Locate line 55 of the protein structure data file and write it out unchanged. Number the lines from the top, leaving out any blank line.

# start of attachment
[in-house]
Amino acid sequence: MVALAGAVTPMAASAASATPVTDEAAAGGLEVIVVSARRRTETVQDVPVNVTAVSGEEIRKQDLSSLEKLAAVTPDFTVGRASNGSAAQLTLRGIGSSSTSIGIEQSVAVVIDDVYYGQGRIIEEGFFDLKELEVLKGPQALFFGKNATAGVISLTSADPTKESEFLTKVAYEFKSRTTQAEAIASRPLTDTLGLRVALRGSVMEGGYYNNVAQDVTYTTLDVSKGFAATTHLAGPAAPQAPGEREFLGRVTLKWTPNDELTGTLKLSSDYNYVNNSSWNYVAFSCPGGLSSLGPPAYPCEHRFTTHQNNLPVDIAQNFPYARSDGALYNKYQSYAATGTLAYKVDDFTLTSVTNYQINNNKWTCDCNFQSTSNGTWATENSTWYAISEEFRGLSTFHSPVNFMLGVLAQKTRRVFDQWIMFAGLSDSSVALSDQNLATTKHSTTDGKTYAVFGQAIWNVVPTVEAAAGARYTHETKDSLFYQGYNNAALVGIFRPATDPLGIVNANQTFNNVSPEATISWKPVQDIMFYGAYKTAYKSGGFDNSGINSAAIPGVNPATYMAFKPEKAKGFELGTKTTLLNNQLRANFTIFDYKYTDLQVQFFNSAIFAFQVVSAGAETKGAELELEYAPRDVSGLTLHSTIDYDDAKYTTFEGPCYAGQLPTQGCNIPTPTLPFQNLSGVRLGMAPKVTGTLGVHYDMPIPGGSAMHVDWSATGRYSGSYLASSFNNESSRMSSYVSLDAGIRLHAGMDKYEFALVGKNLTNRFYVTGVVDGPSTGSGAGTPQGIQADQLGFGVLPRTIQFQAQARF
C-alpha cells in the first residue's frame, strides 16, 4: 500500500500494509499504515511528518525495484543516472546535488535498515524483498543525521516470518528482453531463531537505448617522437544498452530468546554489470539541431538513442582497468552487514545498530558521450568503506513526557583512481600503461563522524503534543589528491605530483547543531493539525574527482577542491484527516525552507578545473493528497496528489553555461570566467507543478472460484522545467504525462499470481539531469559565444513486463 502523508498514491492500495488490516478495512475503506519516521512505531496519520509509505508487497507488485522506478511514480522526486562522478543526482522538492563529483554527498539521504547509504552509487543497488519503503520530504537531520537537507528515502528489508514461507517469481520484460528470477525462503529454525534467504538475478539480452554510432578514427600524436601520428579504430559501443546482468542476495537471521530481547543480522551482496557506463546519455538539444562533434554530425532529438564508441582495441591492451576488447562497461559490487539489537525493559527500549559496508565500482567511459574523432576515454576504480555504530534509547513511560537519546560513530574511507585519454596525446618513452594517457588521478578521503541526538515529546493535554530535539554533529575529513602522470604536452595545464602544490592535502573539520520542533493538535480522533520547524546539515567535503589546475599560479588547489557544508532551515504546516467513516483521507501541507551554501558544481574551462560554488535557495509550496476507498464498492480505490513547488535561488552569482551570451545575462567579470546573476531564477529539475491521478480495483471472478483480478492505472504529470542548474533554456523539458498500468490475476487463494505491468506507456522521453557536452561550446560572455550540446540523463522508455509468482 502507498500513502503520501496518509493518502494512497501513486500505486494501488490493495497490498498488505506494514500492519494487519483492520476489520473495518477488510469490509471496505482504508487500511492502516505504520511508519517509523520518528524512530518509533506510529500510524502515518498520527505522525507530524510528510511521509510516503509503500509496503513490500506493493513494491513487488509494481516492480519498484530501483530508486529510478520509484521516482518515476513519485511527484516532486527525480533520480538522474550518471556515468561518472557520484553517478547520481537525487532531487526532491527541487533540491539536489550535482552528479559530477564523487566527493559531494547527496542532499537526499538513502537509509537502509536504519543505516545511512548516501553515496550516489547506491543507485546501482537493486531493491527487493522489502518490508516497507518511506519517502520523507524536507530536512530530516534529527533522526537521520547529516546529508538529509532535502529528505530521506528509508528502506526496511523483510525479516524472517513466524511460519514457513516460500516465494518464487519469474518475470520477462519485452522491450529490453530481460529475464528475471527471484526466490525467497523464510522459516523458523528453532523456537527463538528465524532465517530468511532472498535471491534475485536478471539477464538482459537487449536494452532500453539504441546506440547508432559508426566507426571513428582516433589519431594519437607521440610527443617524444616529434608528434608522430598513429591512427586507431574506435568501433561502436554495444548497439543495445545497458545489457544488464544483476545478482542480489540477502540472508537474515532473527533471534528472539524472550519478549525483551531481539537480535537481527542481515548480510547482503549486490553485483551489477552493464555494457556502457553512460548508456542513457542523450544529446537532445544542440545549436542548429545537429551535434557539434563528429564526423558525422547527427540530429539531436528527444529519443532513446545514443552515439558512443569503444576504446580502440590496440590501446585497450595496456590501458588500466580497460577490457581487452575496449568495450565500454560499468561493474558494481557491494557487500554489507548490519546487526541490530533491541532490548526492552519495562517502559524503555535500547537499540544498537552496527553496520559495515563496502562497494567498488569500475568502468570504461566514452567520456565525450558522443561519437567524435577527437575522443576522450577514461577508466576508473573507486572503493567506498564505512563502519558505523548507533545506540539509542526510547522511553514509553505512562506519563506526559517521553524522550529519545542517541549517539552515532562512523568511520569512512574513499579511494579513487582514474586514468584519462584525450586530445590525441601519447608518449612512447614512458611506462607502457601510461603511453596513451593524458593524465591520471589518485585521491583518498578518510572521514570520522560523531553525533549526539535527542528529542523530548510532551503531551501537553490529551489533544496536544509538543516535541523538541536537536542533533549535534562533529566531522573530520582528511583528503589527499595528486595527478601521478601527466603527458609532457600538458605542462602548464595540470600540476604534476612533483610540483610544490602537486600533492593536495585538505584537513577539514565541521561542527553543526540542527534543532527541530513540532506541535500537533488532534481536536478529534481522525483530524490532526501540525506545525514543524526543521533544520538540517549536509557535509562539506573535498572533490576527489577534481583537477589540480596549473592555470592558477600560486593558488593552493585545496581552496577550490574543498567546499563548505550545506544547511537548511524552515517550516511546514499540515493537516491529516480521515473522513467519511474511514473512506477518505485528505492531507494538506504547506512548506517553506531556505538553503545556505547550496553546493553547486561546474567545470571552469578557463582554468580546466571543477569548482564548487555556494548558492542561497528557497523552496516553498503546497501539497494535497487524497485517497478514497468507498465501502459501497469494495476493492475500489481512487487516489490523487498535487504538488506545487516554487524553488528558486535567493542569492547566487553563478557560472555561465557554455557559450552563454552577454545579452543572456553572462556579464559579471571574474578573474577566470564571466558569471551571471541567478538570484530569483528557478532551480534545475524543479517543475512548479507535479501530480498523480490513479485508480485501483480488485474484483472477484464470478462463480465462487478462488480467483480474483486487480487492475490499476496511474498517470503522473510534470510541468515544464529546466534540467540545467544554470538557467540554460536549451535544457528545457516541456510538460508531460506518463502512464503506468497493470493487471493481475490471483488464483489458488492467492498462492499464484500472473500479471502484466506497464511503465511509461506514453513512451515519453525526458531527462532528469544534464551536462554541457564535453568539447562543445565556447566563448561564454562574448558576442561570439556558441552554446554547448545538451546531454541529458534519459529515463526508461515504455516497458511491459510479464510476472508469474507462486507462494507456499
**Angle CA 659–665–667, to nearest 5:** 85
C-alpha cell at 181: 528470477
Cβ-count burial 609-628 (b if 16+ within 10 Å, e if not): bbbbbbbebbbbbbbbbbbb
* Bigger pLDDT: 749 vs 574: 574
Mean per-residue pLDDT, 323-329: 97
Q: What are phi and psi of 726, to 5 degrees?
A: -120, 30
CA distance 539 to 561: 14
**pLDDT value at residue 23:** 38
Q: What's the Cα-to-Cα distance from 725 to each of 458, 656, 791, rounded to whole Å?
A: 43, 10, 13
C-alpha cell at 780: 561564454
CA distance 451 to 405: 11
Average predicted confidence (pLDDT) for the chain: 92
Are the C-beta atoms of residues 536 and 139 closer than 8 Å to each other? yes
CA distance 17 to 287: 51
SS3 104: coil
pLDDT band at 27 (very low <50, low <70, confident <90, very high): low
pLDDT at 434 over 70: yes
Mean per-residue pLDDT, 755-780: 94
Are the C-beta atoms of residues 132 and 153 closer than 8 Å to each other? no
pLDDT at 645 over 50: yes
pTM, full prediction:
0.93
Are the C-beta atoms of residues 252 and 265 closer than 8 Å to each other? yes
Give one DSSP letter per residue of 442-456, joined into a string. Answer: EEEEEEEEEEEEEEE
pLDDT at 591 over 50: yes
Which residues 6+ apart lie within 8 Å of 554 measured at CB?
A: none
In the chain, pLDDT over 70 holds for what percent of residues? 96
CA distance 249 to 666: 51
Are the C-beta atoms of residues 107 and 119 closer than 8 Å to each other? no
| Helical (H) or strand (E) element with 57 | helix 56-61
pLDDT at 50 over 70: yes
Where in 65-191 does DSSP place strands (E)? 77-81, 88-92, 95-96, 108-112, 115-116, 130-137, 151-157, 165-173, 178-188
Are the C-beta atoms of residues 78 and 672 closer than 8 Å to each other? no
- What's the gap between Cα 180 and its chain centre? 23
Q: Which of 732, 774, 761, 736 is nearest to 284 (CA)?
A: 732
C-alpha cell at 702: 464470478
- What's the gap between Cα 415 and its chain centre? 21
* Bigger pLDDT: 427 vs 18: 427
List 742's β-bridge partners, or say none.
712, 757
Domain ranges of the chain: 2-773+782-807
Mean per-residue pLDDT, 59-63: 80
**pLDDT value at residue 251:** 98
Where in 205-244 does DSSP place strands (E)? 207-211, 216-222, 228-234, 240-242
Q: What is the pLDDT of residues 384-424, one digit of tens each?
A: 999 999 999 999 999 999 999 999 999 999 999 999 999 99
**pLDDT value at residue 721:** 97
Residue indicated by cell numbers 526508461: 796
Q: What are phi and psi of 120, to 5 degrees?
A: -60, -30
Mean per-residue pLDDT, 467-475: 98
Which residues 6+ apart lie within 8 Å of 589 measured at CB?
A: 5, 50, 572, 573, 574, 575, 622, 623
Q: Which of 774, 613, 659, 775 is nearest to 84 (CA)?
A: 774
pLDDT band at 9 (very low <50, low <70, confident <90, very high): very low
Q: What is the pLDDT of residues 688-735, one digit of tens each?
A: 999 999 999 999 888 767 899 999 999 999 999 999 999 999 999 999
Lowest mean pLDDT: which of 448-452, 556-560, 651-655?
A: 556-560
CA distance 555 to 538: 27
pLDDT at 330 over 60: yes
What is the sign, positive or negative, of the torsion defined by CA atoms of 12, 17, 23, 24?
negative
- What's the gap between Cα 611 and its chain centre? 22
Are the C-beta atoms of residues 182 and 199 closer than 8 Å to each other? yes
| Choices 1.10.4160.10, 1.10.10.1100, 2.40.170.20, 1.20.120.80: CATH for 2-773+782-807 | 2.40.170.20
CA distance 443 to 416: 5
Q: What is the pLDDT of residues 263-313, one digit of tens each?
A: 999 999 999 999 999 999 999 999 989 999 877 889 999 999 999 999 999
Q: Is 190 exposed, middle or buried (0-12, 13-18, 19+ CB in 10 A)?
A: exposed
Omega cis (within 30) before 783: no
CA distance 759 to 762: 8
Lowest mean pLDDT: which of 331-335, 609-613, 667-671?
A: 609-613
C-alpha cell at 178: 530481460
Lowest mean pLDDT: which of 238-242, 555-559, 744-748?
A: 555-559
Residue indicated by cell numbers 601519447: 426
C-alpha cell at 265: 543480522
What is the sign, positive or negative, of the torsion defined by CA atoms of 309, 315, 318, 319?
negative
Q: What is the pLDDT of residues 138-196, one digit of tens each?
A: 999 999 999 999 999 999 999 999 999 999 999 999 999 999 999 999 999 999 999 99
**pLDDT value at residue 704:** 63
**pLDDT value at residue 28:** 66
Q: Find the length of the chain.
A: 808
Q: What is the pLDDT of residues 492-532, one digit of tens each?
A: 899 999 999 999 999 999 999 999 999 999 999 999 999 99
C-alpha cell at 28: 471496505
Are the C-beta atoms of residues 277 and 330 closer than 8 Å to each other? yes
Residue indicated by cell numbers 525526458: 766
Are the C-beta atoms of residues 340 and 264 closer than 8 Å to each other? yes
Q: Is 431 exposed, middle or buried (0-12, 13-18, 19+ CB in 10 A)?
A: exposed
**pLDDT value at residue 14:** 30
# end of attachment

Residue indicated by cell numbers 526508461: 796